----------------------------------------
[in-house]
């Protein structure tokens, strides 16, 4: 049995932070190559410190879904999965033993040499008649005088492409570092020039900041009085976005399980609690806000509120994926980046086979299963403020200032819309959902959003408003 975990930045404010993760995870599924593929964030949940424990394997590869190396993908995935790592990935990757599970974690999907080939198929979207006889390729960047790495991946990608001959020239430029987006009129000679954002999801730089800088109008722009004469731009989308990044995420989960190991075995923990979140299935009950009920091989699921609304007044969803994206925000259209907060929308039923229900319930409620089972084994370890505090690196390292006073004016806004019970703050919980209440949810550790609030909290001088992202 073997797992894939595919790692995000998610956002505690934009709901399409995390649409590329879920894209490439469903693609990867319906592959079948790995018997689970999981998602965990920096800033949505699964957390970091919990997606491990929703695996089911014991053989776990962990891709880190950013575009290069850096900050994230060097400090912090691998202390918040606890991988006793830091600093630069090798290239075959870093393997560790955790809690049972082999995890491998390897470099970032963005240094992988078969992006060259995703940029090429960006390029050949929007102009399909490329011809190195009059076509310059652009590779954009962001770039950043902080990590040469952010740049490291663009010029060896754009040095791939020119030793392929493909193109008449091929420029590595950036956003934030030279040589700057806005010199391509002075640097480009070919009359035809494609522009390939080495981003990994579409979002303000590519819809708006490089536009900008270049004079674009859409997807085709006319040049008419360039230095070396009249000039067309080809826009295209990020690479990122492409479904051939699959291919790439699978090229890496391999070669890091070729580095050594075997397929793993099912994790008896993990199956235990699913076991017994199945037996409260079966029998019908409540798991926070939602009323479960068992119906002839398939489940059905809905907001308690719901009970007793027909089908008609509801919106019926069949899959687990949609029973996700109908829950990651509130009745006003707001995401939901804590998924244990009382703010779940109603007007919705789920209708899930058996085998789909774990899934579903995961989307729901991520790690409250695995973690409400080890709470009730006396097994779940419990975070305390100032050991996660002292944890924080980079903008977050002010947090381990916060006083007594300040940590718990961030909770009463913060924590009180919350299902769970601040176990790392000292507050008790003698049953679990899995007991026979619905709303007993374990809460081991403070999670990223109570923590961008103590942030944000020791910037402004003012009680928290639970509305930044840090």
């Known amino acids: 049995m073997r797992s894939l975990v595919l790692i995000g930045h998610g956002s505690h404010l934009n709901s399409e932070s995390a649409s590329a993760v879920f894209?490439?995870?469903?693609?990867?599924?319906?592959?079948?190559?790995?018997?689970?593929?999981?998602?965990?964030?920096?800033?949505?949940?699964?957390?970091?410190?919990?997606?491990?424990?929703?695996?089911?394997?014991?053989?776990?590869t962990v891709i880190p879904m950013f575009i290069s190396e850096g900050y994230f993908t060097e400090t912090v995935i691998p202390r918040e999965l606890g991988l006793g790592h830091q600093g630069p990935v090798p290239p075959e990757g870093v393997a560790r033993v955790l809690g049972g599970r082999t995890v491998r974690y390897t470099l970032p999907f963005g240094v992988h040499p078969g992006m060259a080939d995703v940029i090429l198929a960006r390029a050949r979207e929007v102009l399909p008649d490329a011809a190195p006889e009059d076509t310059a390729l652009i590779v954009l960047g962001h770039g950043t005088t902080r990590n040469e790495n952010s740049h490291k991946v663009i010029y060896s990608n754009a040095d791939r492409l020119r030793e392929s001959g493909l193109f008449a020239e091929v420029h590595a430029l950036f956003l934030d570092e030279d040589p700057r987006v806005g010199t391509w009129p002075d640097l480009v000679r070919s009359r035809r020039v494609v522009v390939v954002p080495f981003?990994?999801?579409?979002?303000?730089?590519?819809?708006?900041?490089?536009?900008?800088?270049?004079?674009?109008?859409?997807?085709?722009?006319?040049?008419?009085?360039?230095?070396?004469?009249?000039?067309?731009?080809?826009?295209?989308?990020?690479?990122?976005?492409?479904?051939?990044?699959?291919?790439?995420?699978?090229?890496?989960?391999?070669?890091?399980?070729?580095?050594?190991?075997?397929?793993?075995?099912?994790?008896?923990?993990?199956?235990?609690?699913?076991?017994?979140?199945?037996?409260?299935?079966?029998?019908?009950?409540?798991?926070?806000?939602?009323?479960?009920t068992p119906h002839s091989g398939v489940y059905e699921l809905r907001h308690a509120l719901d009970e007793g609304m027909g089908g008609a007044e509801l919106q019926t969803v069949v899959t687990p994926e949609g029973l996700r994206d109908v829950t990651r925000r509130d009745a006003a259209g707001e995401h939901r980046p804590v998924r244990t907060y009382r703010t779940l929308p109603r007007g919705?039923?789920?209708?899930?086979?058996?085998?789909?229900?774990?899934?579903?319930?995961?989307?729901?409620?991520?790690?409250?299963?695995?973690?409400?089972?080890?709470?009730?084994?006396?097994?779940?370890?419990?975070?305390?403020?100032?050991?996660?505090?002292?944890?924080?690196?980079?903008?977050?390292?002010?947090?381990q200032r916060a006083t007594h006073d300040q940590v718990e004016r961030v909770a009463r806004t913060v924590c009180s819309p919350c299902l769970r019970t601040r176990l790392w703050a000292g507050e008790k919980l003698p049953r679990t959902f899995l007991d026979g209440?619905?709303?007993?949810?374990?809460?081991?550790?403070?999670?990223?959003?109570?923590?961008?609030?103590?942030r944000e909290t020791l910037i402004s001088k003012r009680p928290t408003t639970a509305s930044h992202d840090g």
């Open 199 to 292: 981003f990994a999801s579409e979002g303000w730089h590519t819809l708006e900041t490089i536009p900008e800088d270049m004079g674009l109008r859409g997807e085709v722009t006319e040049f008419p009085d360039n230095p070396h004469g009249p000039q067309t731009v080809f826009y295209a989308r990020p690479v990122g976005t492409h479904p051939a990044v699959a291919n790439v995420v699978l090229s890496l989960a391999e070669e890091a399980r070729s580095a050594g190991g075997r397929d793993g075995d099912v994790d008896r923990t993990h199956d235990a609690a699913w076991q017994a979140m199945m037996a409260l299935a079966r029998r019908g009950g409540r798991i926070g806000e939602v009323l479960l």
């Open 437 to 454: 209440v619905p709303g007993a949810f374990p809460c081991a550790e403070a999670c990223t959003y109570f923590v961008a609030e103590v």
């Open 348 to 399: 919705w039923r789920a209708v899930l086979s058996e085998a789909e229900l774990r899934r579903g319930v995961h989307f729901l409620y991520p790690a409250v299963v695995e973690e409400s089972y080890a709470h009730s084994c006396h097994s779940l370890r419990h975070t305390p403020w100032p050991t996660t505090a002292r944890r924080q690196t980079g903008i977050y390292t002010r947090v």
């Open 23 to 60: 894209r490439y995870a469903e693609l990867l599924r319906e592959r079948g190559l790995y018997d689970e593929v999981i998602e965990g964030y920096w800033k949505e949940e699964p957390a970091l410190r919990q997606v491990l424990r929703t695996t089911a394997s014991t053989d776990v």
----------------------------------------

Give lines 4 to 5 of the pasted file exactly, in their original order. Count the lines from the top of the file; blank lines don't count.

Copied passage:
């Open 199 to 292: 981003f990994a999801s579409e979002g303000w730089h590519t819809l708006e900041t490089i536009p900008e800088d270049m004079g674009l109008r859409g997807e085709v722009t006319e040049f008419p009085d360039n230095p070396h004469g009249p000039q067309t731009v080809f826009y295209a989308r990020p690479v990122g976005t492409h479904p051939a990044v699959a291919n790439v995420v699978l090229s890496l989960a391999e070669e890091a399980r070729s580095a050594g190991g075997r397929d793993g075995d099912v994790d008896r923990t993990h199956d235990a609690a699913w076991q017994a979140m199945m037996a409260l299935a079966r029998r019908g009950g409540r798991i926070g806000e939602v009323l479960l």
């Open 437 to 454: 209440v619905p709303g007993a949810f374990p809460c081991a550790e403070a999670c990223t959003y109570f923590v961008a609030e103590v």